Evil Dead or: How the Film Industry Learned to Stop Worrying and Love the Gore

I know a very small amount of you will have seen this, or will ever see this film.  In Australia, it has only got a very limited release, despite grossing 54 million dollars worldwide on a 17 million dollar budget.  Hopefully, it will get a wider release here.  However, this film does not show the imminent change in the film industry, but rather the power of cult followings in the pervasive media landscape, as well as a misleading marketing campaign.

Evil Dead is essentially about 5 friends (having every relationship being shoved down our throat in the first 10 minutes) who go to a cabin in ‘the woods’ in order to ‘cold turkey’ detox the protagonist’s sister from her cocaine addiction.  While the characters are pretty bland, with the manly David, the ‘nothing to say about’ Mia, the strong nurse Olivia, David’s ‘again nothing to say about her’ girlfriend Natalie and the English-teacher Eric.  However, things turn from bad to worse when they find a ritual site in the basement, complete with dead cats hanging from the ceiling and the subtle smell of burnt hair (fresh from last night’s tasty immolation) and a book wrapped in plastic and barbed wire.

This is where the first stupid decision is made: the seemingly most logical of the group, Eric, cuts off the barbed wire, opens the book, finding strange inscriptions and translations warning him to not read the book or to continue.  He then finds the dark scribblings over letters over strange indentations, goes on to reveal them by shading in a piece of paper over them.  Then, the cherry on the cake, READS THEM OUT LOUD (in dramatic extreme close-ups).  Now, one would think he would stop at least once and think: Now, this doesn’t seem normal to me, maybe I should stop.

Then, the normal chaos ensues, with possession after possession and feigned normality after feigned normality, until ones eyes would hurt from rolling them so much.  Yet, this can’t be taken so simply, it is a refreshing re-visiting of the camp of the 80’s horror films, as well as a smart marketing ploy.

Now, firstly, this is not a good film, but it is a good or, perhaps more importantly, an effective ‘movie’.  The distinction here is between film and movie; where the former is taken as a piece of art (an expression of the views of the director and other people), whereas the latter is taken as a  medium sold as a product to the drooling masses.  This is predominantly the latter, and can only be seen as a film as it is a remake of the 1981 cult classic ‘The Evil Dead‘.  Yet, with a tagline such as, ‘The most terrifying film you will ever experience.’, it is still trying to be it’s own monster.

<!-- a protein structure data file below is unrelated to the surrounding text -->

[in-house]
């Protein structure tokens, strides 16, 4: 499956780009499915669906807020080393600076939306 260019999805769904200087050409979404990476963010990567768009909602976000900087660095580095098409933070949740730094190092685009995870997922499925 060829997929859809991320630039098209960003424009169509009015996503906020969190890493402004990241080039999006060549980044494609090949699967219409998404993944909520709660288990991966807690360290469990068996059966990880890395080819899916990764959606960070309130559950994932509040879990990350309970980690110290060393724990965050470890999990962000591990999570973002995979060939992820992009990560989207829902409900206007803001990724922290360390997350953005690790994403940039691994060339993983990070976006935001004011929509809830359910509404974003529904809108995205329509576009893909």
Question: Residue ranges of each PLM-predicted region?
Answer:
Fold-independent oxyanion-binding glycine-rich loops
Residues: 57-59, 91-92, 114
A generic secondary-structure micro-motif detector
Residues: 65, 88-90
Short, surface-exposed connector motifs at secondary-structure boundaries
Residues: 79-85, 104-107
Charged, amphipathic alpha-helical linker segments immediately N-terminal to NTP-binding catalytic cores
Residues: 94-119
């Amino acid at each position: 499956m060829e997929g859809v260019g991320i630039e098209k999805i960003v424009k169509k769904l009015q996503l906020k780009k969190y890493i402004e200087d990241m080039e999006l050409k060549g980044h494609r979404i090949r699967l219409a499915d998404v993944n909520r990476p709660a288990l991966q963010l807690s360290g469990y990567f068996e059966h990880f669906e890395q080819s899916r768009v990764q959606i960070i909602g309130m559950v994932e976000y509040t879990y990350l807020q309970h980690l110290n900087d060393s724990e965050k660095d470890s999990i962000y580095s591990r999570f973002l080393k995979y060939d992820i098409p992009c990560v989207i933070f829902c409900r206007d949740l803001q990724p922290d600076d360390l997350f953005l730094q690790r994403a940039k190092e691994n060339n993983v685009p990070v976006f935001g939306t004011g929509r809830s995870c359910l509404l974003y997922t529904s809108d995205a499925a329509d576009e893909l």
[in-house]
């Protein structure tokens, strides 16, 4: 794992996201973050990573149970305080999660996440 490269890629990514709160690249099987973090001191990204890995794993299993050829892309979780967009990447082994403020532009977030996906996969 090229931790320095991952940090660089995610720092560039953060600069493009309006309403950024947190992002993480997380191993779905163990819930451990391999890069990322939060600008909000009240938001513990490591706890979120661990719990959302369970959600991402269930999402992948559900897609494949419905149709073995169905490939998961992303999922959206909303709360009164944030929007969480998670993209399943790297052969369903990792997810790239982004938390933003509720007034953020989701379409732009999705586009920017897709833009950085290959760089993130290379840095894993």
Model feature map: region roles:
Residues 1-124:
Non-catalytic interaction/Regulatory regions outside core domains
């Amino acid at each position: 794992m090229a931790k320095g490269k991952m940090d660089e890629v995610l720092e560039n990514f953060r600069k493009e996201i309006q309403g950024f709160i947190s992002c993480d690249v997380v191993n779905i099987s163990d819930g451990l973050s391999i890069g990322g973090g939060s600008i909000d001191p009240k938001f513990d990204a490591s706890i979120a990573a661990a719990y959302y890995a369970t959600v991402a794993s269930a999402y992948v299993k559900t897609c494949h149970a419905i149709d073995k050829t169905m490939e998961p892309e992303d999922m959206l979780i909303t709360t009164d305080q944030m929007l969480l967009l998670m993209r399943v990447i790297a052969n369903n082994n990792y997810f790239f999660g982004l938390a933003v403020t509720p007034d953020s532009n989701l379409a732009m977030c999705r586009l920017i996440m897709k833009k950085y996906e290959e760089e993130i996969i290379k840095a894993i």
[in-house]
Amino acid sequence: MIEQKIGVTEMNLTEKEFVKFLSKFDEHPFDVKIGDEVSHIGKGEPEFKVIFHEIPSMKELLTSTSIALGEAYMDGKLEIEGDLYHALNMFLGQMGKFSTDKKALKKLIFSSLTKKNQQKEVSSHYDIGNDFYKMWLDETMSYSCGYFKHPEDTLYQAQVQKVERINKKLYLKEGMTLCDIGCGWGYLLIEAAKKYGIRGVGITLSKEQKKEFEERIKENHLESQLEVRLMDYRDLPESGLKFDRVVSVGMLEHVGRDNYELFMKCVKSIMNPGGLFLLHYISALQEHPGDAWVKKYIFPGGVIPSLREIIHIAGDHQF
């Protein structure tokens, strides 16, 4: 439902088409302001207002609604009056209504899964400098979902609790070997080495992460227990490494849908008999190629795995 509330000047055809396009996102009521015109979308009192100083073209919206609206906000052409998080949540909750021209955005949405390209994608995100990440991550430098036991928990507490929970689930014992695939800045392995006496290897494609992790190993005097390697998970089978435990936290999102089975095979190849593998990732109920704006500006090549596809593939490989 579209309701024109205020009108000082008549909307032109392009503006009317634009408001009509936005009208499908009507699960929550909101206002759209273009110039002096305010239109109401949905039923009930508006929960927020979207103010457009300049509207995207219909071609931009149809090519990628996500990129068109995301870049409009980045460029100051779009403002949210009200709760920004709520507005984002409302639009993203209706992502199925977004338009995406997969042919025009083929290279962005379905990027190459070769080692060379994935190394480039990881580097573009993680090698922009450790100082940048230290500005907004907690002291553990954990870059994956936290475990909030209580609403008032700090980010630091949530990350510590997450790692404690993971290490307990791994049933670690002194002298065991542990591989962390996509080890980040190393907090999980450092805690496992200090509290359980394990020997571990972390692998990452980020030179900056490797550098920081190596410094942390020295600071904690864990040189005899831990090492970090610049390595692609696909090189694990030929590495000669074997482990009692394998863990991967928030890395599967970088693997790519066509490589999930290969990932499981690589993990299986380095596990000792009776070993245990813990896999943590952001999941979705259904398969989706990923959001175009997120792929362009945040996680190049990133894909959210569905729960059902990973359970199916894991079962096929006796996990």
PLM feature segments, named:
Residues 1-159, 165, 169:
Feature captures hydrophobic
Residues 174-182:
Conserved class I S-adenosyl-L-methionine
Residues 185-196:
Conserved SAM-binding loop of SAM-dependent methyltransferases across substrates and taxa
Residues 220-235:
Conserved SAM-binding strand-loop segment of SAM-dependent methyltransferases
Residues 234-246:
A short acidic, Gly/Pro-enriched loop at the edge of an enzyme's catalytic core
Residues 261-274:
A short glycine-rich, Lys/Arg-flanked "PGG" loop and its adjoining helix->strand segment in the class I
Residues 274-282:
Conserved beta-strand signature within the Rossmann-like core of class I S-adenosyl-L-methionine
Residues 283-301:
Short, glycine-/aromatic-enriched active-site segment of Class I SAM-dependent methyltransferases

This is where it contradicts with itself: trying to find the balance between ‘fan service’ for the middle-aged fanboys of the original and trying to appeal to the usual couples who see horror films (i.e. the downward spiral of the Paranormal Activity franchise, and unfortunately the Saw franchise).  Yet, I thought it balanced it really well, while doing more than it had to do, in order to fulfill both demographics.  However, this is not a horror movie, it is a full-on slasher, packed with gore, a downpour (literally) of blood and too many horrible lines to shove a chainsaw through.

While all of these things work to the movie’s advantage, it also adds to the detriment.  Having read many reviews on IMDb, a majority are bad, even giving them 1 star.  People obviously need to re-watch the original: filled with horrible acting, bad decisions, a weak plot and cheap gore.  This film too has some horrendous line deliveries, as well as nonsensical lines, moronic decisions, an improved plot (which, despite being more fleshed out, allows for more plot holes, strangely enough).

Having recently entered the Evil Dead universe, loving the first 2 and enjoying ‘Army of Darkness’, I thoroughly enjoyed this film, while also understanding how I also hated it.  The important distinction that those who call this film an abomination both on the original and on horror as a genre is that this is a “movie”, not supposed to be critiqued, but enjoyed as a product.  It needs to be seen and evaluated based on its intentions and how it satisfied them.

I think it shows a step in the right direction; maybe even that Hollywood will again embrace the 80’s camp of slasher or horror movies, while also creating new archetypes of the sub-genre.  The great atmosphere of the setting, interesting cinematography, stunning and refreshing organic effects, great sound effects (albeit, with a repetitive and predictable score) and an intriguing (while confusing and forced) enough plot, all add to the movie’s style.

I definitely recommend that everyone should see this movie, if only to ignite the fire under Sony Pictures Australia ass, as well as see people get brutally murdered.  Best feel-good movie of the year?  Probably not, but with a self-dismemberment with an electric knife, this should satiate the thirsts of those who love gore and an adequate addition to the Evil Dead franchise.

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